I came to the realization a few years ago that I’ve become a much calmer person than I once was. I don’t remember making a conscious decision to work on my temper – which I still have, mind you, though it’s much less likely to present itself these days.
Maybe I just grew up.
That doesn’t mean I’m immune to occasional outbursts, particularly those brought on by displays of human ignorance and stupidity. If you’re prone to reactions similar to mine in these situations, brace yourself.
If you already know who Todd Akin is and what he said last week, I won’t hold it against you if you skip this week’s column. I wouldn’t mind doing so myself.
Akin, a United States Representative of Missouri, is in the middle of a Senate campaign, one he had to confirm was still in operation after some statements he made. I refuse to call the statements “controversial,” which is a far too easy and lenient word to use in describing what he said.
The quote, after Akin was asked to describe his stance on the availability of abortion for rape victims:
“First of all, from what I understand from doctors, that’s really rare. If it’s a legitimate rape, the female body has ways to try to shut that whole thing down. But let’s assume that maybe that didn’t work or something. I think there should be some punishment, but the punishment ought to be on the rapist and not attacking the child.”
Reading it again made me boil.
First: I’d like Akin to identify these “doctors” who told him that a woman who has been raped is less likely to become pregnant than one who had consensual sex.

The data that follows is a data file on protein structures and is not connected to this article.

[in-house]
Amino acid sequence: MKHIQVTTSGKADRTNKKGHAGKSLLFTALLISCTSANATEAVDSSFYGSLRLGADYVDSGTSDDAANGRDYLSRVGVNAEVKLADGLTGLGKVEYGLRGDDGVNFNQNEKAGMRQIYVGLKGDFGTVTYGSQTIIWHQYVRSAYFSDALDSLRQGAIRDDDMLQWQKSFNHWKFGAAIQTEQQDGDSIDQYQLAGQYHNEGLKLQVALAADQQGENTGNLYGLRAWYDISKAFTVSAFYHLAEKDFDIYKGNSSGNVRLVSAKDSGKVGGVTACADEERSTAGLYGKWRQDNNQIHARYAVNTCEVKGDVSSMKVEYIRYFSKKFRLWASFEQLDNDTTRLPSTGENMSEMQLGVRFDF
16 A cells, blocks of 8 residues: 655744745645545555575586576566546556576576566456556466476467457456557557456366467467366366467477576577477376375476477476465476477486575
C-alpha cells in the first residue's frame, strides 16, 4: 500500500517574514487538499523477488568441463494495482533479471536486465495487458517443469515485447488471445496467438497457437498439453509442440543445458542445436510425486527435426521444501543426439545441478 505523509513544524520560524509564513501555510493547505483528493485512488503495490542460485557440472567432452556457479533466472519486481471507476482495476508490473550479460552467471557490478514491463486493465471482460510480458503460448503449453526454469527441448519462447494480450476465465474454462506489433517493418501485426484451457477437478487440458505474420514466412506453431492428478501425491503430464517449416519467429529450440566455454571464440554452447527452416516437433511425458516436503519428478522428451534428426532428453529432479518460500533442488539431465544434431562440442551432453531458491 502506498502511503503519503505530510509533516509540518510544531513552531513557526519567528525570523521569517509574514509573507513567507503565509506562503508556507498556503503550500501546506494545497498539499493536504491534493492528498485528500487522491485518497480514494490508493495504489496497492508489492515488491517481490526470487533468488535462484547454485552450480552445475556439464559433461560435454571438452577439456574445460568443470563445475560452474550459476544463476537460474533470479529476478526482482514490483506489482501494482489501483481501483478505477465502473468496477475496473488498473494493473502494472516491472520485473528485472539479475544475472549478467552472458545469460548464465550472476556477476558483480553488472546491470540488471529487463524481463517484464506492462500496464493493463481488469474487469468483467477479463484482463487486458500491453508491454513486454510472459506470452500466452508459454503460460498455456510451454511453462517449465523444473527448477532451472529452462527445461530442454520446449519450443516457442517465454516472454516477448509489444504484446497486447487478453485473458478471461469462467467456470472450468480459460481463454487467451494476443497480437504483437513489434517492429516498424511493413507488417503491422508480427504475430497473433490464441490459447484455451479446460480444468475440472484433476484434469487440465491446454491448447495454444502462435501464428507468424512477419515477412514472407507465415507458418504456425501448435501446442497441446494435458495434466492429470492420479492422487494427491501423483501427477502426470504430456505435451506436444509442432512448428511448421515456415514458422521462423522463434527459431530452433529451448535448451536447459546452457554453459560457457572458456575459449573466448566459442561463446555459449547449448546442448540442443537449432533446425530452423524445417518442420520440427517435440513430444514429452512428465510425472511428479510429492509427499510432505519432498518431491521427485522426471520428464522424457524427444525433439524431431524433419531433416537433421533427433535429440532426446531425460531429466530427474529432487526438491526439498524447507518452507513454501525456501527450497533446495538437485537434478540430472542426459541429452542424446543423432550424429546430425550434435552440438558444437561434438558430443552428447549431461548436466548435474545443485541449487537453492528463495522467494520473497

Second: I want to know if those “doctors” are the same “doctors” who told Akin that a woman’s body can prevent conception by sheer force of will.
Third: I want Akin to describe the difference between “legitimate rape” and what I presume he consideres “illegitimate rape.”
Like him or not, President Obama said it best: “Rape is rape.”
Fourth: Punishing the rapist and having an abortion are not mutually exclusive. If a rape victim decides to have an abortion, the rapist doesn’t get a free pass. Be against abortion. That’s fine. Don’t make it sound like the people responsible for arresting, prosecuting and possibly convicting a rapist are the same people responsible for deciding if abortion should or shouldn’t be legal.
Akin has been under heavy fire for these statements. He’s apologized, although in the process he provided another interesting quote that I’d like to parse:
“I used the wrong words in the wrong way, and for that I apologize.”
What kind of apology is that? Is there a reasonable context in which a person can use the wrong words in the right way?
A significant portion of Akin’s Republican brethren – many consituents, several elected officials, including Senate Minority Leader Mitch McConnell of Kentucky – have said Akin should step aside. In the end, the voters will make that decision for him if he decides to remain in the race.
At least I’d hope so. If not, I imagine it’ll damage my calm.
Justin McGill is executive editor of The Cadiz Record and can be reached by email at firstname.lastname@example.org.